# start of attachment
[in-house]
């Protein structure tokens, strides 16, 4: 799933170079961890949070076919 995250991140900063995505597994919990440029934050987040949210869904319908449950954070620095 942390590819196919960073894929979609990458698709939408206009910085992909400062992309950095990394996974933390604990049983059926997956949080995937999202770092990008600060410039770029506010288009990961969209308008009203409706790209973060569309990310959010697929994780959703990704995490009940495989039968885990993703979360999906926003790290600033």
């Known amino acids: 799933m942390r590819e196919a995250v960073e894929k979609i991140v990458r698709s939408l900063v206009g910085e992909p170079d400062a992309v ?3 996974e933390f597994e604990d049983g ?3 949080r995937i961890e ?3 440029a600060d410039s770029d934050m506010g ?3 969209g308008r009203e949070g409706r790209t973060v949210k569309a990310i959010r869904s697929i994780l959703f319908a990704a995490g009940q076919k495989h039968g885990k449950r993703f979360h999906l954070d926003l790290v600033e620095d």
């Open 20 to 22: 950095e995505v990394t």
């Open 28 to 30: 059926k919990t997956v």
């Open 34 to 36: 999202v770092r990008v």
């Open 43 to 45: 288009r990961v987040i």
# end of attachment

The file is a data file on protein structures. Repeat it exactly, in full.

[in-house]
């Protein structure tokens, strides 16, 4: 799933170079961890949070076919 995250991140900063995505597994919990440029934050987040949210869904319908449950954070620095 942390590819196919960073894929979609990458698709939408206009910085992909400062992309950095990394996974933390604990049983059926997956949080995937999202770092990008600060410039770029506010288009990961969209308008009203409706790209973060569309990310959010697929994780959703990704995490009940495989039968885990993703979360999906926003790290600033």
């Known amino acids: 799933m942390r590819e196919a995250v960073e894929k979609i991140v990458r698709s939408l900063v206009g910085e992909p170079d400062a992309v ?3 996974e933390f597994e604990d049983g ?3 949080r995937i961890e ?3 440029a600060d410039s770029d934050m506010g ?3 969209g308008r009203e949070g409706r790209t973060v949210k569309a990310i959010r869904s697929i994780l959703f319908a990704a995490g009940q076919k495989h039968g885990k449950r993703f979360h999906l954070d926003l790290v600033e620095d």
């Open 20 to 22: 950095e995505v990394t």
């Open 28 to 30: 059926k919990t997956v």
């Open 34 to 36: 999202v770092r990008v």
């Open 43 to 45: 288009r990961v987040i």